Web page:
Friday, March 11, 2011

Psst Look Here, This is Quality Stuff

For Spockgirl and any other foodies who may be lurking about. I give you Coq Au Vin or Chicken and Wine in English. This recipe is a sort of test of French cooking skills, but here I've reduced it to something easy and fun to make. By the way, it smells incredible as it cooks.

Crockpot Coq Au Vin

Part One

8 Boneless Skinless Chicken Thighs

1 ¾ Cups Red Wine

1 Cup Chicken Broth

1 Teaspoon Salt

½ Teaspoon Black Pepper

3 Cloves of Garlic Chopped Fine

8 Ounces Baby Carrots

8 to 10 Pearl Onions (Use the real ones from the produce dept, they taste better then the canned kind)

6 Strips of Bacon Cooked and Chopped or Crumbled

Bouquet Garnier

This is either a pack of herbs wrapped in cheese cloth or in a Tea Ball, I use a Tea Ball, anyway, put 2 sprigs (or 3 Teaspoons of Chopped) Parsley, 2 Bay leaves and 2 teaspoons of Thyme in your Bouquet.

Put all of this in your crockpot or slow cooker and put it on low heat. Now….walk away. It needs to cook for 6 hours. Your house is gonna smell marvelous….

Part Two

Remove the bouquet after the 6 hours have passed; make a mix of 2 tablespoons all-purpose flour and 2 tablespoons water. Remove any grease from the top, thighs have allot of fat and this may not even be necessary but check. Add 8 or 16 ounces of button mushrooms (Depends on how much you like mushrooms) and your water and flour mixture. Stir gently and cook on the high setting for 30 minutes. It will thicken and smell even better. Traditionally this is served with potatoes but it’s basically a stew so those aren’t really needed. It’s also traditionally served in a large low soup dish which I do recommend. Cook or get some French bread (For sopping the sauce) and enjoy. You’ve now cooked one of French Cooking’s great tests of skill, Coq Au Vin or Chicken and Wine. But don’t tell a Frenchman how you did it, the shock would kill them.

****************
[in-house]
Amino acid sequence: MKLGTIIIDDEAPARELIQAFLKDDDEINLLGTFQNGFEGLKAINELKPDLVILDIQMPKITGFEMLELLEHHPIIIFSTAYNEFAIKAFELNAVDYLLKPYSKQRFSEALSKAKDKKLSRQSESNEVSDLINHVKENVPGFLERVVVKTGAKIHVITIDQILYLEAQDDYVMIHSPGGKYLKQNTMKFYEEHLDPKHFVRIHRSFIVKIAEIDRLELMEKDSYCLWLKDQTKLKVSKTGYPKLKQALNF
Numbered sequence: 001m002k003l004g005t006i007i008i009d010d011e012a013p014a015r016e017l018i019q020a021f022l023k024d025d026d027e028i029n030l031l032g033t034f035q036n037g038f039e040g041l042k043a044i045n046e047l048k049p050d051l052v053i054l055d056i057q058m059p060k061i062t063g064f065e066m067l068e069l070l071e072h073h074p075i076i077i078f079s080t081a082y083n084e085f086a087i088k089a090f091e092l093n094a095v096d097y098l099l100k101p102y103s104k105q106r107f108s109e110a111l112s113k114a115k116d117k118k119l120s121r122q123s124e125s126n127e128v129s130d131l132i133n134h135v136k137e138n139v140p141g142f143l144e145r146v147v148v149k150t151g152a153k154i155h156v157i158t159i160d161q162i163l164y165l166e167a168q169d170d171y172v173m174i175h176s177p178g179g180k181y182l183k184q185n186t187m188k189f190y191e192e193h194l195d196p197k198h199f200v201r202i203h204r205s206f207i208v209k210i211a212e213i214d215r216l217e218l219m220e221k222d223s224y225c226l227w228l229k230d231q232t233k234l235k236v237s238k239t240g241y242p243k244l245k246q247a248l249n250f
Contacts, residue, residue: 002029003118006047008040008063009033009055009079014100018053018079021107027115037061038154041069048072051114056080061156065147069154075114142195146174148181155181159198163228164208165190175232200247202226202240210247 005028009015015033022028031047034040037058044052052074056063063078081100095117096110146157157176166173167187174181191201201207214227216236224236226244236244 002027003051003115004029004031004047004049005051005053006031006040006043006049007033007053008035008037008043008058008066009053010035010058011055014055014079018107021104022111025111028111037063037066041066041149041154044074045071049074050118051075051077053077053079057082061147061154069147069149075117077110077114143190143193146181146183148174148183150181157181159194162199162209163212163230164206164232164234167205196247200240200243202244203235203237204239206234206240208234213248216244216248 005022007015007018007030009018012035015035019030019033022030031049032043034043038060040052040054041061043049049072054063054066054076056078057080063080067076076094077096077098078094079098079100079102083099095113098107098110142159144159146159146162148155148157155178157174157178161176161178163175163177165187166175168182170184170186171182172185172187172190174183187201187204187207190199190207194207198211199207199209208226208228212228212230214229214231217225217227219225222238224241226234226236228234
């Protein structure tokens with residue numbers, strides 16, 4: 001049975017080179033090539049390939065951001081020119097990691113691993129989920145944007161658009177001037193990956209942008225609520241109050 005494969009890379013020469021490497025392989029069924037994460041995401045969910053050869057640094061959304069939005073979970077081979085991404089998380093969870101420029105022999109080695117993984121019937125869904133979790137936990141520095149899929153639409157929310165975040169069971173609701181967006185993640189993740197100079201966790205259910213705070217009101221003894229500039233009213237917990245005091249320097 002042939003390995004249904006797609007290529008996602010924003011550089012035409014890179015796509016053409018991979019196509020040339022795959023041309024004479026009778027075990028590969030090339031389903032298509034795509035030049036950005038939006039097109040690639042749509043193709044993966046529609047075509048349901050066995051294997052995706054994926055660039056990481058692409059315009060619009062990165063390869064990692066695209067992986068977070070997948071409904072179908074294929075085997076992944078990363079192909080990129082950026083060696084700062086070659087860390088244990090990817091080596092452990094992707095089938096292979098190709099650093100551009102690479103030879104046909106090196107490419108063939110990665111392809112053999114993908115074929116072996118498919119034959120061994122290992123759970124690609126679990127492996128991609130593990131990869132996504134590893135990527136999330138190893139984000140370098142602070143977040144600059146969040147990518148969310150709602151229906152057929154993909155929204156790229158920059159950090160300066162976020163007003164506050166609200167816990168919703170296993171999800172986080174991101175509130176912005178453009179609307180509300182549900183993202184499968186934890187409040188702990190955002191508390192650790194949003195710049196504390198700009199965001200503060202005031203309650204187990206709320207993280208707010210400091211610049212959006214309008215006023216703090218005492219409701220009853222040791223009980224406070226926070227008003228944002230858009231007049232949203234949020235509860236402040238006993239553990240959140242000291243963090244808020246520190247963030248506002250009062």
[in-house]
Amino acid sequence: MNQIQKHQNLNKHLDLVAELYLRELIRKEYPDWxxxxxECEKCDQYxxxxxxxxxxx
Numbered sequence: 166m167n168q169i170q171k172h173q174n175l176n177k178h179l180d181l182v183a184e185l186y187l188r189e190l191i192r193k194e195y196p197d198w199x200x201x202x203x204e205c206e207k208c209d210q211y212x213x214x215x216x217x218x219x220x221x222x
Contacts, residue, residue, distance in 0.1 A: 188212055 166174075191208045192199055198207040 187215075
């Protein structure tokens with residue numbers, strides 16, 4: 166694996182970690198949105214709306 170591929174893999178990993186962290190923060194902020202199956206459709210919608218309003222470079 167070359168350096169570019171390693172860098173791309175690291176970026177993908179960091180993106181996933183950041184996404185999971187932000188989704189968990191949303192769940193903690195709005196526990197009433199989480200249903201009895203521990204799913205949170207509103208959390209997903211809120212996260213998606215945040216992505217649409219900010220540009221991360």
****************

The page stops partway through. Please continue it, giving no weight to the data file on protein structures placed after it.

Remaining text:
Tuesday, March 8, 2011

Thanks Brother

Had a death in the family. My wife's only brother. I'm not sure why I qualify him that way but it seems the natural thing to say. Chuck was a good guy and I liked him because he seemed to like me. He wasn't a saint by any means, and lived a very hard life for the first half but he got pretty close to being right for the second half. So, I give him his due and thank him for the time he spent here and what he did in that time. I have always had a problem with grief, the problem being that my father beat the whole grief thing outta me as a child. Good training for my years as a soldier but piss poor for my years as a human being, father and husband. People cry and I get confused. Why do they cry, tears will change nothing, but that doesn't seem to stop them. I think it brings a release, a release from the pain. I used to wonder where my release was, but I think I have been given a gift of sorts. When they cry they need someone to watch over them, to do the laundry and shopping and cooking and make the calls they hate to make, I am that someone. So I'll hug them and bring them food and nod when they weep because that's what I do. I've got your back. So I'll grieve in my own way and say, thanks Chuck, you were a good brother in law, I am truly glad to have known you. Now I have to run to the commissary buts it ok because dinner will be one of my best recipes.